Optical Design Data

Lens Formula & Design Aids

General guidelines for choosing a particular lens type for a specific application are given along with the standard part tables in the followings sections. Complete detailed optical design service for complex optics or systems is available from Janos Technology. Fees are often waived for products we manufacture. Below we show calculations to determine radii of curvature for a given spherical or cylindrical lens type.

Shown on these sketches are the Effective Focal Length (EFL), the Back Focal Length (BFL), the Center Thickness (CT), [and the locations of the element’s Principle Points (P1 and P2)].

The radii of curvature R1 and R2 refer to the left and right surfaces respectively. R1 or R2 is positive (negative) if the center of curvature is to the right (left) side of the lens. The EFL is positive (negative) if the focal point is to the right (left).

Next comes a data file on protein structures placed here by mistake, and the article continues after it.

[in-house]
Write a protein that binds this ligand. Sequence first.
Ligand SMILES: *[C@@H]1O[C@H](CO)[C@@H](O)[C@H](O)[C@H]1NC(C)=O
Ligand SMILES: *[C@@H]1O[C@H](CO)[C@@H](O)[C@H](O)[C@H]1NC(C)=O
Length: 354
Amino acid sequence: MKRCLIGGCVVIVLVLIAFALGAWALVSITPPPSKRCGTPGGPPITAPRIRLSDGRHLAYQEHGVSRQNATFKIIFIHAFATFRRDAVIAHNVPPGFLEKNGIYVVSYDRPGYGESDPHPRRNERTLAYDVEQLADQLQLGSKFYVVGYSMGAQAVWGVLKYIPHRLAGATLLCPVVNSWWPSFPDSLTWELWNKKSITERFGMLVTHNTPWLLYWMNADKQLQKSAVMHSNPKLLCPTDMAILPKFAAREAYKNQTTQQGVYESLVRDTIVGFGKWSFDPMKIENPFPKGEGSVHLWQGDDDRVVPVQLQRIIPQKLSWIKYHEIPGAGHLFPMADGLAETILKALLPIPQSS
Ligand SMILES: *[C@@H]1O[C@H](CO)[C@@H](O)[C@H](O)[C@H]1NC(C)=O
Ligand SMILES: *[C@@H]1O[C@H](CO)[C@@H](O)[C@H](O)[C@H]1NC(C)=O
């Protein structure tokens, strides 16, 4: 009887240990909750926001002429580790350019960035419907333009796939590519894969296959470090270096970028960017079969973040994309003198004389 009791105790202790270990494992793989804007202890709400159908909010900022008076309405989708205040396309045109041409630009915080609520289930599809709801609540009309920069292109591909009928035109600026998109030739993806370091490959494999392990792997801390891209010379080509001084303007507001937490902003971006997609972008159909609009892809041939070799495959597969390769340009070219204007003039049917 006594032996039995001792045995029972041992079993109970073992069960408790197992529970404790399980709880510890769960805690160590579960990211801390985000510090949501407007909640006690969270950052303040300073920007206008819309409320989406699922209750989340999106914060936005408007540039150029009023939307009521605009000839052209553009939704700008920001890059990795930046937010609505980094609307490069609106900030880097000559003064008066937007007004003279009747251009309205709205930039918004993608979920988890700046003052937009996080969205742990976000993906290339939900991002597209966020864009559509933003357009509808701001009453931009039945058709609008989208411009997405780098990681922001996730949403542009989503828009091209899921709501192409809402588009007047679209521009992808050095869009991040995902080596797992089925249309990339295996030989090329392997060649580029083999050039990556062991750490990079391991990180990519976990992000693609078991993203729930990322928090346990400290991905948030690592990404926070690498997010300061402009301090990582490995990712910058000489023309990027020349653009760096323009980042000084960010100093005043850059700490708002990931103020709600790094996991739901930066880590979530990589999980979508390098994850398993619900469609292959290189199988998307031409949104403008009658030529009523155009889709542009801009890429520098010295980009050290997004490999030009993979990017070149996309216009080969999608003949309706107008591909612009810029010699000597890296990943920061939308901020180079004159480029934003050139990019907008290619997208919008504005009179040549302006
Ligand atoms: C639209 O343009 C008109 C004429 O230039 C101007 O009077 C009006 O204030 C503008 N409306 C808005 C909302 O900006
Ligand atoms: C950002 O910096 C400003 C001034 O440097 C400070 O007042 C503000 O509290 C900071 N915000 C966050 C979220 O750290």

The lens maker’s equation for a single element in air is:

Single Element in Air

 

Here’s the index of refraction for the material at the design wavelength. In most cases this can be approximated by the Thin Lens Formula:

Thin Lens Formula

 

The BFL (the distance from the center of the second surface to the focal point) may be found from:

BFL Formula

 

Diagrams of Six Different Lens Types
Aspheric Data
Sagitta